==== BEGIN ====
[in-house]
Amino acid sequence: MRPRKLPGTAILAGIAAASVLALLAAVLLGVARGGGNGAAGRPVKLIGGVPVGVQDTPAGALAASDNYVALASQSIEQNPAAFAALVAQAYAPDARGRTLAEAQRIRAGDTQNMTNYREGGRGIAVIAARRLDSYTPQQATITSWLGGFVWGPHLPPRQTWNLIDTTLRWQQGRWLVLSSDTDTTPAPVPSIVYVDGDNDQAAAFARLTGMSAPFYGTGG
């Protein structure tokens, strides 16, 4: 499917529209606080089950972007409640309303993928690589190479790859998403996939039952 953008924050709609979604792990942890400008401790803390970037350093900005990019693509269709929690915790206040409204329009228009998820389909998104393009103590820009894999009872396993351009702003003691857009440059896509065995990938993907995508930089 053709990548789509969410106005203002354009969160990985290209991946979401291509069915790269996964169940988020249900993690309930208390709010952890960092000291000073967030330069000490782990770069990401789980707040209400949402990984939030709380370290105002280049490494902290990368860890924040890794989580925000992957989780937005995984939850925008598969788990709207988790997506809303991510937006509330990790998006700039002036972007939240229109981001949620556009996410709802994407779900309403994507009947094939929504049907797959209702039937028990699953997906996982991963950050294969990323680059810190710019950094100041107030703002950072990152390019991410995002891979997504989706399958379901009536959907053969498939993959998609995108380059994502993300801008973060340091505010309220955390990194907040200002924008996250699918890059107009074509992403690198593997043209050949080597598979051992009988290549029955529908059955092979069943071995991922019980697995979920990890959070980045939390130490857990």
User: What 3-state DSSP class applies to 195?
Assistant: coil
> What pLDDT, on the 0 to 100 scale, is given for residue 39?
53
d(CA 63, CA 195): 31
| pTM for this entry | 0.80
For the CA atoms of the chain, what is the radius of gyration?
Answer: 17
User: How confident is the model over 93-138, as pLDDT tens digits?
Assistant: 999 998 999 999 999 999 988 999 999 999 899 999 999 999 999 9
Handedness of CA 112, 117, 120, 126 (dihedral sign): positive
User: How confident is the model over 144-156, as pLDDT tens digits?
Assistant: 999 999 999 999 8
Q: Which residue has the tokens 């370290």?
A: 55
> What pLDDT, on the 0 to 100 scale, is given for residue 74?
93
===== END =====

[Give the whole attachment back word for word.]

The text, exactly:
[in-house]
Amino acid sequence: MRPRKLPGTAILAGIAAASVLALLAAVLLGVARGGGNGAAGRPVKLIGGVPVGVQDTPAGALAASDNYVALASQSIEQNPAAFAALVAQAYAPDARGRTLAEAQRIRAGDTQNMTNYREGGRGIAVIAARRLDSYTPQQATITSWLGGFVWGPHLPPRQTWNLIDTTLRWQQGRWLVLSSDTDTTPAPVPSIVYVDGDNDQAAAFARLTGMSAPFYGTGG
């Protein structure tokens, strides 16, 4: 499917529209606080089950972007409640309303993928690589190479790859998403996939039952 953008924050709609979604792990942890400008401790803390970037350093900005990019693509269709929690915790206040409204329009228009998820389909998104393009103590820009894999009872396993351009702003003691857009440059896509065995990938993907995508930089 053709990548789509969410106005203002354009969160990985290209991946979401291509069915790269996964169940988020249900993690309930208390709010952890960092000291000073967030330069000490782990770069990401789980707040209400949402990984939030709380370290105002280049490494902290990368860890924040890794989580925000992957989780937005995984939850925008598969788990709207988790997506809303991510937006509330990790998006700039002036972007939240229109981001949620556009996410709802994407779900309403994507009947094939929504049907797959209702039937028990699953997906996982991963950050294969990323680059810190710019950094100041107030703002950072990152390019991410995002891979997504989706399958379901009536959907053969498939993959998609995108380059994502993300801008973060340091505010309220955390990194907040200002924008996250699918890059107009074509992403690198593997043209050949080597598979051992009988290549029955529908059955092979069943071995991922019980697995979920990890959070980045939390130490857990």
User: What 3-state DSSP class applies to 195?
Assistant: coil
> What pLDDT, on the 0 to 100 scale, is given for residue 39?
53
d(CA 63, CA 195): 31
| pTM for this entry | 0.80
For the CA atoms of the chain, what is the radius of gyration?
Answer: 17
User: How confident is the model over 93-138, as pLDDT tens digits?
Assistant: 999 998 999 999 999 999 988 999 999 999 899 999 999 999 999 9
Handedness of CA 112, 117, 120, 126 (dihedral sign): positive
User: How confident is the model over 144-156, as pLDDT tens digits?
Assistant: 999 999 999 999 8
Q: Which residue has the tokens 């370290």?
A: 55
> What pLDDT, on the 0 to 100 scale, is given for residue 74?
93